Nonprofit organizations (NPOs) play a relevant role in society by attempting to satisfy human necessities in a different way, or as a complement to lucrative firms and governmental activity. In this sense, they are active in different areas, and several analyses have been developed to study the effects and the behavior of these organizations in such fields, as is shown in the...

High performance work practices in small firms: a resource-poverty and strategic decision-making perspective

High performance work practices (HPWPs) are human resource management practices aimed at stimulating employee and organisational performance. The application of HPWPs is not widespread in small organisations. We examine whether the implementation of coherent bundles of HPWPs (aimed at employee ability, employee motivation or at the opportunity to perform) depends on the scarcity...

Parental role models and the decision to become self-employed: The moderating effect of personality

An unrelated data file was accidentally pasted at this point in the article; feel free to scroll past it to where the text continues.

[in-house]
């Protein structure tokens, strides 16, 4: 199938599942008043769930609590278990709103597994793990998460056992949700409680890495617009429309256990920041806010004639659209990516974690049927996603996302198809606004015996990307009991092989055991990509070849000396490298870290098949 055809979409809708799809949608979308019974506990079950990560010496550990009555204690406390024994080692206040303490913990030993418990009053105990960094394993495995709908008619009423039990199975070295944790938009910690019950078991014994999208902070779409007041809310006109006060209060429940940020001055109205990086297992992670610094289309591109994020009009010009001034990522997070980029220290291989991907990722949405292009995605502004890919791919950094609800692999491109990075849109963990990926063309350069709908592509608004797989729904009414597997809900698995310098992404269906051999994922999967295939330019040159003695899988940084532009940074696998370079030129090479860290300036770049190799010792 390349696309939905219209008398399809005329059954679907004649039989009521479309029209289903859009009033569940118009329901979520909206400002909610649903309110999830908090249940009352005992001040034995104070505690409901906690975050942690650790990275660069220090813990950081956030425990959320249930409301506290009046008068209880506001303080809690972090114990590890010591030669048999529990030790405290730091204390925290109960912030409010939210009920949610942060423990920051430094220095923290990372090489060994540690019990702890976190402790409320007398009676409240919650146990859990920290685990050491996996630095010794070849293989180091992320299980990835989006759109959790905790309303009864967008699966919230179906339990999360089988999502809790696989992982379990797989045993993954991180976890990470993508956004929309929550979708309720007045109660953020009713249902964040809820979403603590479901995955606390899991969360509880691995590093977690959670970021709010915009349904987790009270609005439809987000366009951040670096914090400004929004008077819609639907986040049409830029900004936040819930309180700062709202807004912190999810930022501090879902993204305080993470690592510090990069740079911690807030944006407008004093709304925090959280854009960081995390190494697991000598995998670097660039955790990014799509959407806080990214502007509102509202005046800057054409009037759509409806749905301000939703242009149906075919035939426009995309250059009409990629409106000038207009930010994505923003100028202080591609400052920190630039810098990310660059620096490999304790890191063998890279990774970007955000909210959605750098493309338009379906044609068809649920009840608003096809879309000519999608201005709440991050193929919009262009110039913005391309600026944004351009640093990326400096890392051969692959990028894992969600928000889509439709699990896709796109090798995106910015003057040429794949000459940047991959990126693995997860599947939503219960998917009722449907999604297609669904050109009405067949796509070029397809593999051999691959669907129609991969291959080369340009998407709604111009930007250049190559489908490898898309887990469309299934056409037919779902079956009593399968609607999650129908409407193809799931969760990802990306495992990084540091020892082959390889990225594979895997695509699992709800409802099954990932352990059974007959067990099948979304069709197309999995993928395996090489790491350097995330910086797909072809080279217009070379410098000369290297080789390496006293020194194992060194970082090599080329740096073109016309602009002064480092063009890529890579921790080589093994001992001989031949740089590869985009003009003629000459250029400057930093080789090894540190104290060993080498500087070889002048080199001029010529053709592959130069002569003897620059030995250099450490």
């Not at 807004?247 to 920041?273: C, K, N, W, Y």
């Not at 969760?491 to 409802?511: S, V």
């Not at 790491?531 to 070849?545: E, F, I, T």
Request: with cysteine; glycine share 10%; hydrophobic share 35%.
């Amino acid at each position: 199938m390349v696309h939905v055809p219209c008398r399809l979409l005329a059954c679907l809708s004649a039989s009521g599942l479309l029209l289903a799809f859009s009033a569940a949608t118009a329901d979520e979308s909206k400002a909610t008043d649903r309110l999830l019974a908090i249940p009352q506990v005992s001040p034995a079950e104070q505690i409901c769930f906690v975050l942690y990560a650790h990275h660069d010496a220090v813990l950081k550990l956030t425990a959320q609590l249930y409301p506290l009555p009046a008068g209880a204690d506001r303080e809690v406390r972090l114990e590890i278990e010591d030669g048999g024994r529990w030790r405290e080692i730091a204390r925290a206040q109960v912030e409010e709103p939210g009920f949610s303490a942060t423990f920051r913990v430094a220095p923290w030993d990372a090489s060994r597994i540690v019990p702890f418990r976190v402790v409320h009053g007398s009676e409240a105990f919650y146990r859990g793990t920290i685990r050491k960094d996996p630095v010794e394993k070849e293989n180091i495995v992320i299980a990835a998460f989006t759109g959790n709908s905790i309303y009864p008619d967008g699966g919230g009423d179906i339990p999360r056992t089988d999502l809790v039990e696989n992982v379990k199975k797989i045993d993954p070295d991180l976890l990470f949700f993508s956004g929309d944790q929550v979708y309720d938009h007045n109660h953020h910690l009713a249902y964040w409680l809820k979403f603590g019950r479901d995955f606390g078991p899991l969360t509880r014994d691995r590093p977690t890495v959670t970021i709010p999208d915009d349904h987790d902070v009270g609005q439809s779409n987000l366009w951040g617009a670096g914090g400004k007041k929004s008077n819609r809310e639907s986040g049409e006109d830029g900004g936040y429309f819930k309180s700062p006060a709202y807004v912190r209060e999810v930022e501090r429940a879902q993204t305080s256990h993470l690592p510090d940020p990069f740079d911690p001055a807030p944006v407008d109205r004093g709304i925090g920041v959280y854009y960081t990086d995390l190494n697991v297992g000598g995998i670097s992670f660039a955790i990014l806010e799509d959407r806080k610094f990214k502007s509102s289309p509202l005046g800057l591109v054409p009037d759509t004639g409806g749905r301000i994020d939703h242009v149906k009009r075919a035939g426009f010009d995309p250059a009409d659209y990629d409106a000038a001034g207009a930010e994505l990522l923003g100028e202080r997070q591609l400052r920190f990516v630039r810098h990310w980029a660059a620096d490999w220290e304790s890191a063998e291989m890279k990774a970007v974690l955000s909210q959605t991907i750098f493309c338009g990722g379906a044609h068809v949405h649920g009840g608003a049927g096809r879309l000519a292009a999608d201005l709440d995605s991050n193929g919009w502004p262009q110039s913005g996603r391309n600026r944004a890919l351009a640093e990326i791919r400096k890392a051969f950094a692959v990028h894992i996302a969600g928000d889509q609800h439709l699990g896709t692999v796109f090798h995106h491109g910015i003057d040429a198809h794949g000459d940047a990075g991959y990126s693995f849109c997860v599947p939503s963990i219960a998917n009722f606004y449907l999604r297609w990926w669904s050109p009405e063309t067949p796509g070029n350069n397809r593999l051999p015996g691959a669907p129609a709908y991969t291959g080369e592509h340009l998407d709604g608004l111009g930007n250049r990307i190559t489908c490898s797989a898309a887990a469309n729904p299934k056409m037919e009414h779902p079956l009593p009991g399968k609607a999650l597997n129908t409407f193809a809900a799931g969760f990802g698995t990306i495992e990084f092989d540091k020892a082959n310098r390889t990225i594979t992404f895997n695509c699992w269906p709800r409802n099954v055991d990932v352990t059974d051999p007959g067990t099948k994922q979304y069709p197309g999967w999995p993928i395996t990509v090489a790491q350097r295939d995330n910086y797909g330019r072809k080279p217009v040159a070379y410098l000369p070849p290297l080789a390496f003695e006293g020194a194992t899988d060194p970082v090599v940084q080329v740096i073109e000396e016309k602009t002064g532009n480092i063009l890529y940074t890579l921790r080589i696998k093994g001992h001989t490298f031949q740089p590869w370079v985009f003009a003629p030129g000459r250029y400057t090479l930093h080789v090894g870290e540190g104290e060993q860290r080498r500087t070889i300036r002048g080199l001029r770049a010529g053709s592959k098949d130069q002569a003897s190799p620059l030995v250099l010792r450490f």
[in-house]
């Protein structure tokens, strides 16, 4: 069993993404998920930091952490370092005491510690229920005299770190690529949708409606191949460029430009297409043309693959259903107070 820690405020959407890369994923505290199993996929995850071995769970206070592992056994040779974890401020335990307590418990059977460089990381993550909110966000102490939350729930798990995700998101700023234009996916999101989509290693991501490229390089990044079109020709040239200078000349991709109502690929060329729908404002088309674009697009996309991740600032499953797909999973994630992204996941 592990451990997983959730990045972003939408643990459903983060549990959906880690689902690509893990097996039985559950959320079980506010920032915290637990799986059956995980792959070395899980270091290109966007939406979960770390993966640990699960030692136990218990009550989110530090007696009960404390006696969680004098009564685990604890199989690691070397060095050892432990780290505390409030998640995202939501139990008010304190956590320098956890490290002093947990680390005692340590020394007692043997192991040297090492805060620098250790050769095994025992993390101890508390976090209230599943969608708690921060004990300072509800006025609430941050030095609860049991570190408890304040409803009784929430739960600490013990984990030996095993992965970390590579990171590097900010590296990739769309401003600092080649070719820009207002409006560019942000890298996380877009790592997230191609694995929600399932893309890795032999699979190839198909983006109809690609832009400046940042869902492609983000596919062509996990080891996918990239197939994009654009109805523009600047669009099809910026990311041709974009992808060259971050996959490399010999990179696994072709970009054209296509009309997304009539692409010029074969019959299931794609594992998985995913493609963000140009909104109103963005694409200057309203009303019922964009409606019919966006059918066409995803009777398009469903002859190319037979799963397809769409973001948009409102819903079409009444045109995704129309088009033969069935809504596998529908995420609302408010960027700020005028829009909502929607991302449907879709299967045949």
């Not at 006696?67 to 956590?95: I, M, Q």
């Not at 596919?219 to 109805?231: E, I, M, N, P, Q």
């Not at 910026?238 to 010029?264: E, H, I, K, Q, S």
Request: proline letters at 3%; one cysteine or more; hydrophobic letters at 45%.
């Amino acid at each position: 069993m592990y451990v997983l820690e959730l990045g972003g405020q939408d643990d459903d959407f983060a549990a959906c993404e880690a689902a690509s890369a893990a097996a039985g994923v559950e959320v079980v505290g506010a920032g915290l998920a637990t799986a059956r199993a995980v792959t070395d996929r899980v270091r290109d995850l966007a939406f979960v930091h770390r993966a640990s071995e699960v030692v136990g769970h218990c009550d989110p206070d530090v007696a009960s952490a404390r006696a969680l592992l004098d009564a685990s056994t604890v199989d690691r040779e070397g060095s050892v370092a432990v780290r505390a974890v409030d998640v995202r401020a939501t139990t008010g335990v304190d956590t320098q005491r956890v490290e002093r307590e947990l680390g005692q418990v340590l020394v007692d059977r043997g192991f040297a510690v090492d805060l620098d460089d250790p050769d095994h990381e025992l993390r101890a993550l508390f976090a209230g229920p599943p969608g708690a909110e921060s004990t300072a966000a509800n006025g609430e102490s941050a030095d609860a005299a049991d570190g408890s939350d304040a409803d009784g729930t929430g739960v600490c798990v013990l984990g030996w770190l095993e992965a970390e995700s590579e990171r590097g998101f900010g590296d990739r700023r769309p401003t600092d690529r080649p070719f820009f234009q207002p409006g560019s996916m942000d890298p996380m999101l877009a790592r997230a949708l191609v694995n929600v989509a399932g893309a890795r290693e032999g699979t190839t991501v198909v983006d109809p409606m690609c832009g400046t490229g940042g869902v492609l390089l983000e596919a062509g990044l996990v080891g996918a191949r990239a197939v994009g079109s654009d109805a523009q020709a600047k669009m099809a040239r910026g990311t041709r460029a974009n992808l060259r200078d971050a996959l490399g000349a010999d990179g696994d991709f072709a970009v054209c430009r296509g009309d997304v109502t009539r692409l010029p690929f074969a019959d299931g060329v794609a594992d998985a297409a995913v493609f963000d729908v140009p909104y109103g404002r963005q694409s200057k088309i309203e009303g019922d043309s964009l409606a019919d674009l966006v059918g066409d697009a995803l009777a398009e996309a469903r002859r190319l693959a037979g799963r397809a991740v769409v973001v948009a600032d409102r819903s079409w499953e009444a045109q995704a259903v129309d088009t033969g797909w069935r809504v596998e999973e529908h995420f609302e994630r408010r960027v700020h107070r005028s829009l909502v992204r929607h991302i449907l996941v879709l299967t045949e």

This paper uses social learning theory to examine the influence of parental role models in entrepreneurial families. We distinguish between paternal and maternal role models and investigate how their influence on offsprings’ decision to become self-employed is moderated by personality, specifically the offsprings’ openness. We use data on 461 alumni from eight German universities...

Geography, knowledge spillovers and small firms’ exports: an empirical examination for The Netherlands

This study examines the impact of external and internal scale economies on the decision to start exporting and the level of exports of innovating firms. Based on new trade theory, increasing returns to scale—both internal and external scale economies—are considered an important source of comparative and competitive advantage. The empirical analysis of (small) innovating firms in...

Candidate gene studies and the quest for the entrepreneurial gene

Candidate gene studies of human behavior are gaining interest in economics and entrepreneurship research. Performing and interpreting these studies is not straightforward because the selection of candidates influences the interpretation of the results. As an example, Nicolaou et al. (Small Bus Econ 36:151–155, 2011) report a significant association between a common genetic...

New Zealand’s perfect storm of entrepreneurship and economic development